People mourn at the site of the fatal limousine crash...

People mourn at the site of the fatal limousine crash in Schoharie two days after the Oct. 6, 2018, tragedy in which 20 people were killed.

Credit: Getty Images/Stephanie Keith

Stretch limousines, like the one involved in a 2015 Cutchogue crash that killed four women and 2018 Schoharie wreck that killed 20 people, should be equipped with side-impact protection devices and taken off the road after 10 years, according to a New York task force.

The report also proposes that passengers get a pre-trip demonstration showing them how to use seat belts and what to do during an emergency and recommends window break tools and the enhancement of fire extinguisher requirements currently in regulation.

Nancy DiMonte of East Northport, whose daughter Joelle DiMonte was one of four women who survived the 2015 Cutchogue limo crash that also killed four women, is on the state Stretch Limousine Passenger Safety Task Force. She called the report an important tool, though noted that the an inspector general's investigation into the Schoharie wreck hasn't been completed yet.

She said the limousine industry has not been sufficiently regulated. “With our recommendations I believe the industry is going to be very, very safe,” DiMonte said.

In July 2015, a stretch limo, heading east on Route 48 in Cutchogue during a winery tour, made a U-turn and was struck broadside by a pickup truck. Lauren Baruch, 24, of Smithtown; Amy Grabina, 23, of Commack; Brittney Schulman, 23, of Smithtown; and Stephanie Belli, 23, of Kings Park were killed, and four others were injured.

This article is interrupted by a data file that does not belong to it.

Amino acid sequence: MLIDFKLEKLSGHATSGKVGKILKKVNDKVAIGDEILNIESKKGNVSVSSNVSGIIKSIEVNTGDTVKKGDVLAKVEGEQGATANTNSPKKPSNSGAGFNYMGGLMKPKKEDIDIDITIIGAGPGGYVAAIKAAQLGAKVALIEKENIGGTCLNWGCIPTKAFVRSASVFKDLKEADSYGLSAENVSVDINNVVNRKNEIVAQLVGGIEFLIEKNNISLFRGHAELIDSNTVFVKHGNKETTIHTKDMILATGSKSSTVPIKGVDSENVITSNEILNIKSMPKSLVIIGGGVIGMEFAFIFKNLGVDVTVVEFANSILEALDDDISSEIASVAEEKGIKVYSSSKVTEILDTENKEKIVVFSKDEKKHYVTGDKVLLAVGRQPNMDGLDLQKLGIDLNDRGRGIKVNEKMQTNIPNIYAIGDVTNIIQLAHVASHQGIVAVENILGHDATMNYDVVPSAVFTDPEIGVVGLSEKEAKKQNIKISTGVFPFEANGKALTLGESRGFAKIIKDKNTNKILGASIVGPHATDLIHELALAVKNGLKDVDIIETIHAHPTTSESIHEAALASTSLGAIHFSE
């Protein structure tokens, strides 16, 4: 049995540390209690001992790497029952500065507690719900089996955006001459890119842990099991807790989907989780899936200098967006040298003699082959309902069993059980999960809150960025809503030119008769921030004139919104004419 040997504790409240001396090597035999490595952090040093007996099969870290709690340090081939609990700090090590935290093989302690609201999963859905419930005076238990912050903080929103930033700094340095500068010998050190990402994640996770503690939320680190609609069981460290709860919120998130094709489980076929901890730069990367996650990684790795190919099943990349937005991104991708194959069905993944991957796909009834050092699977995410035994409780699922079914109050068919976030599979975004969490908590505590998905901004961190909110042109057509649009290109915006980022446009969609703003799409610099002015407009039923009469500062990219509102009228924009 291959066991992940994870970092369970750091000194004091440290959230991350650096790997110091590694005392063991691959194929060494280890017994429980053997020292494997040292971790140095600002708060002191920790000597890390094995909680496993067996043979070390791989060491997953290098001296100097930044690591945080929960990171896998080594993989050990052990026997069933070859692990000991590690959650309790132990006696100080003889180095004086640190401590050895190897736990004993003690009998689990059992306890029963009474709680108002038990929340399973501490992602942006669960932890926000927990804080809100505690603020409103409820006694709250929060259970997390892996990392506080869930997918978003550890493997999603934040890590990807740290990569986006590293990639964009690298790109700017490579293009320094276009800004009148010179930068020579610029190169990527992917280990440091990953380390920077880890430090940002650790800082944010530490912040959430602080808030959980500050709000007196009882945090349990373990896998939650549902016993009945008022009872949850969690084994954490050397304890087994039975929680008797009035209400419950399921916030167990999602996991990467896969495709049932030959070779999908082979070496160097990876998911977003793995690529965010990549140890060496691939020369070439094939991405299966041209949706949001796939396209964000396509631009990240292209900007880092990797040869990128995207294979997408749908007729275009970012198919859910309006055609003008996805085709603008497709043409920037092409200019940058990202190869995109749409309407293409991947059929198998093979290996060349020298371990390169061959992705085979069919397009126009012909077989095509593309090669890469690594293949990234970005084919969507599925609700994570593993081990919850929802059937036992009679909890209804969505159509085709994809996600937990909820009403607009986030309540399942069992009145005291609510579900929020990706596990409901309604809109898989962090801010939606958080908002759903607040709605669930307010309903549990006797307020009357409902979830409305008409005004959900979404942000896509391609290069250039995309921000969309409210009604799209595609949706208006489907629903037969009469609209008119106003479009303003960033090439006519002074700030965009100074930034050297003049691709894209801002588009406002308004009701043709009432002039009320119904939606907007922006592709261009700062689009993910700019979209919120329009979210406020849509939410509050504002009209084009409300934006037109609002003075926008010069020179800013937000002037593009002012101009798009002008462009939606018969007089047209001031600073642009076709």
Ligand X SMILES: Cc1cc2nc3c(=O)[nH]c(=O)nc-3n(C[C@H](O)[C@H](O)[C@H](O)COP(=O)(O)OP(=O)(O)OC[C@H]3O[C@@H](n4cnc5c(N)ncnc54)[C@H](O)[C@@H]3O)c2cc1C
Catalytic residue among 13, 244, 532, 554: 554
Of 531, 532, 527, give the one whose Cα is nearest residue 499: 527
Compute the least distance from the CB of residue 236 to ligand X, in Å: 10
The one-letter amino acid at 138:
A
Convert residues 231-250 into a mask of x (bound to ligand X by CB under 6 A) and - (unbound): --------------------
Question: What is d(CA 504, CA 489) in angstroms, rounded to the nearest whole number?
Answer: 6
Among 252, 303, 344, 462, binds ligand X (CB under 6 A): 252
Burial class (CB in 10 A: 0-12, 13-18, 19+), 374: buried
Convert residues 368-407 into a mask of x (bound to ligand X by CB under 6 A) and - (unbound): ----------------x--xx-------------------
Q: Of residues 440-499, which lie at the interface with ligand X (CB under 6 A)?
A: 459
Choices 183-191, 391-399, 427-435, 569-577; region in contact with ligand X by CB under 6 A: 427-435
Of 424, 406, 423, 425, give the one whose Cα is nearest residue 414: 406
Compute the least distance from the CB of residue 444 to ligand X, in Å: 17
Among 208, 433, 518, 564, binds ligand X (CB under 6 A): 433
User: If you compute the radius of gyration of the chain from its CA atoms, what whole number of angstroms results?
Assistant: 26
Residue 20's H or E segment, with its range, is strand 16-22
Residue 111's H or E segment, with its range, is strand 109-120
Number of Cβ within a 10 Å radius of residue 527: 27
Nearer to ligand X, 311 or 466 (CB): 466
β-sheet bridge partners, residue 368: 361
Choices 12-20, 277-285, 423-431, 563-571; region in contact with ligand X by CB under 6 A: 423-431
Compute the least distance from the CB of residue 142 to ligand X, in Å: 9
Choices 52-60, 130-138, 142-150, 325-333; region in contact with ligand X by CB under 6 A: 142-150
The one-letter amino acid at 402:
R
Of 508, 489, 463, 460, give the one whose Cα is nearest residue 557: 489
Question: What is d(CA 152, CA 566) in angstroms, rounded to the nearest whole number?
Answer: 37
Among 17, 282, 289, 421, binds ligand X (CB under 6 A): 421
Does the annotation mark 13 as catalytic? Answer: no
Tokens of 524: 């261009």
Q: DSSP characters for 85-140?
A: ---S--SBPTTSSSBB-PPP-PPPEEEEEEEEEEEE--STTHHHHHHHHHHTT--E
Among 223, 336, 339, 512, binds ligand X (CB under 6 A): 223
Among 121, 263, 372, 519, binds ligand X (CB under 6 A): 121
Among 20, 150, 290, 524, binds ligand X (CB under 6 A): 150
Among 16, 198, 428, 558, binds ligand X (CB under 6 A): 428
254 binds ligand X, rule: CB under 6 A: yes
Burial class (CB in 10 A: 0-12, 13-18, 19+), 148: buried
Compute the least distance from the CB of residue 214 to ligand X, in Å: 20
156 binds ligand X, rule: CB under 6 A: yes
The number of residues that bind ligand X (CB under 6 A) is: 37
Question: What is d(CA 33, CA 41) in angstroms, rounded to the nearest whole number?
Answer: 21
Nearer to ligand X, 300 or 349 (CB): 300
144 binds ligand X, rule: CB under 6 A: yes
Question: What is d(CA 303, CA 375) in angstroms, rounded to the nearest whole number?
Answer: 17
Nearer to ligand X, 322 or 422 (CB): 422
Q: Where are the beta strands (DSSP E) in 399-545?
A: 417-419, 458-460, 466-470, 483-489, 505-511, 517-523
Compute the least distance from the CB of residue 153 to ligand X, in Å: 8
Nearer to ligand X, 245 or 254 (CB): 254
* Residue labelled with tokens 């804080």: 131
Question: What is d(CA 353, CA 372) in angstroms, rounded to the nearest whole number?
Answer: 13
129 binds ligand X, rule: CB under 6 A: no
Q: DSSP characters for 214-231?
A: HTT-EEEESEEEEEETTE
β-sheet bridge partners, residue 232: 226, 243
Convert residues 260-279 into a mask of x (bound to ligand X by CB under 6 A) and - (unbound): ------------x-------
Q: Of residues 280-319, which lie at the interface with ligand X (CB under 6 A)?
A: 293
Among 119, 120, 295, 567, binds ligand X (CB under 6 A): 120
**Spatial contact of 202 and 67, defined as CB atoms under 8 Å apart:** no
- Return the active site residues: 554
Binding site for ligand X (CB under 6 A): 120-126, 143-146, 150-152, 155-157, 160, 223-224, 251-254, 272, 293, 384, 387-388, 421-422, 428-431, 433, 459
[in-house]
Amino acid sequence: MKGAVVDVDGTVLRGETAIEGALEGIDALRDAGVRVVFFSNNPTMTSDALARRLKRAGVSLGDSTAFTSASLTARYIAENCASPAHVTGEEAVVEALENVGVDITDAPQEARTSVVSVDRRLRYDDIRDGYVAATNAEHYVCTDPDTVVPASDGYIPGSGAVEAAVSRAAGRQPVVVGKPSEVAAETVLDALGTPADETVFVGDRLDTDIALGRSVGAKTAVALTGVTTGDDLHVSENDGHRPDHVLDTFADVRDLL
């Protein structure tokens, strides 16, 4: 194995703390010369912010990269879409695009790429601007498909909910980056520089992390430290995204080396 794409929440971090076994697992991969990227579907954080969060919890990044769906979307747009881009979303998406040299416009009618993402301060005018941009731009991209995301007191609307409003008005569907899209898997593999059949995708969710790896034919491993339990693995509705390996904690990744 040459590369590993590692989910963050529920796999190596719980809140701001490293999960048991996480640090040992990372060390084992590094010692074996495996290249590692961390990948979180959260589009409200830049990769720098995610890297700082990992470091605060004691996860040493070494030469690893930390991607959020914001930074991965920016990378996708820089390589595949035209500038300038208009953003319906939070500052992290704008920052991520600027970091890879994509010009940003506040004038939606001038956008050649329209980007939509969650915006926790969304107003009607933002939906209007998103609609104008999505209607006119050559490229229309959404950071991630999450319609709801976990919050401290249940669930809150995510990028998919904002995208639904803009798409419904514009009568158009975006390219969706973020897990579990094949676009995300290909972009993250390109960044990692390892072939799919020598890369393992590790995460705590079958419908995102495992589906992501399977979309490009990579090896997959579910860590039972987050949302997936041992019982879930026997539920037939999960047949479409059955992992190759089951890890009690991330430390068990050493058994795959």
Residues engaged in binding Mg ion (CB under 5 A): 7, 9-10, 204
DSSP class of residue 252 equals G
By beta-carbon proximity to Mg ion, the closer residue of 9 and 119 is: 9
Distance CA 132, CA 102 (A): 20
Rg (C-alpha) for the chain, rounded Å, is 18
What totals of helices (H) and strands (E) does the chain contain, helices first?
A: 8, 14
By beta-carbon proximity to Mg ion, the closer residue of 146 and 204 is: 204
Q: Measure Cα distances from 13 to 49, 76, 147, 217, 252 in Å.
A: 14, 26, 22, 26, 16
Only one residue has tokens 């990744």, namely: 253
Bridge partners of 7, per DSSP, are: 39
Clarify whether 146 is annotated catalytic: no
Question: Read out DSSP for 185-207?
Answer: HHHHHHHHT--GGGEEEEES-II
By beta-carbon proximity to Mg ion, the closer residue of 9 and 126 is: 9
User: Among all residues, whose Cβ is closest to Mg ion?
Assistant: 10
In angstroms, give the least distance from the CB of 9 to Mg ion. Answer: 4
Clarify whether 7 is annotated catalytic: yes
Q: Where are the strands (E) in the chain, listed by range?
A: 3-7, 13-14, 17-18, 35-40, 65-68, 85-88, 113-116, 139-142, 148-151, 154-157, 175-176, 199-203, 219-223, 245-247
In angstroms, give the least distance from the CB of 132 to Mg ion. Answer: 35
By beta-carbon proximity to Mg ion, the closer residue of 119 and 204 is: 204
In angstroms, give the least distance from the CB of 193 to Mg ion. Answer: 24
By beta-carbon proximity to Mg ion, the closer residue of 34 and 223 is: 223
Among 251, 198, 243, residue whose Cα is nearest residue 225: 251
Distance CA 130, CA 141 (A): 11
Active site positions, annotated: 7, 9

Task force member Ronald Barton, a former state Department of Transportation employee, criticized the recommendations as incomplete because they were released ahead of a state Inspector General's investigation into the Schoharie crash, one of nation’s deadliest traffic crashes of the last 13 years that left 20 people dead. The state task force was created in the aftermath of that stretch limo crash to review safety protocols governing the industry.

Barton, of Otego, who was also on the task force, said the 154 page report fell short because it failed to include investigative findings from the Schoharie crash and failed to take into account how the fatal 2015 North Fork limo crash in Cutchogue occurred.

On Oct. 6, 2018, a Ford Excursion SUV, which had been turned into a stretch limo, sped out of control on a hill and drove into a gully. The driver and 17 passengers were killed, along with two pedestrians.

State authorities said the limousine had brake problems and passengers shouldn’t have been allowed to ride in it. “What caused both accidents could still happen today because we didn’t address any of that,” said Barton, who wrote letters to Inspector General Lucy Lang asking for updates on the investigation but said he did not get any.

A spokesman for Lang wrote: "As with all investigations conducted by this office, our timing is dictated by where the facts lead, however long that may take."

The National Transportation Safety Board previously issued a report saying that ineffective state oversight played a role in the 2018 crash while the owner’s “egregious disregard for safety,” likely caused the brake failure.

Gov. Kathy Hochul, in a statement prepared by her spokesperson, Will Burns, said: “ We look forward to reviewing the Inspector General’s report and taking swift action to implement the appropriate recommendations from both the Task Force and the Inspector General to help ensure safer transportation for New Yorkers,” the statement reads.

The task force's report says it will review any future reports, including the inspector general's report on the Schoharie limousine crash.

With AP

Latest videos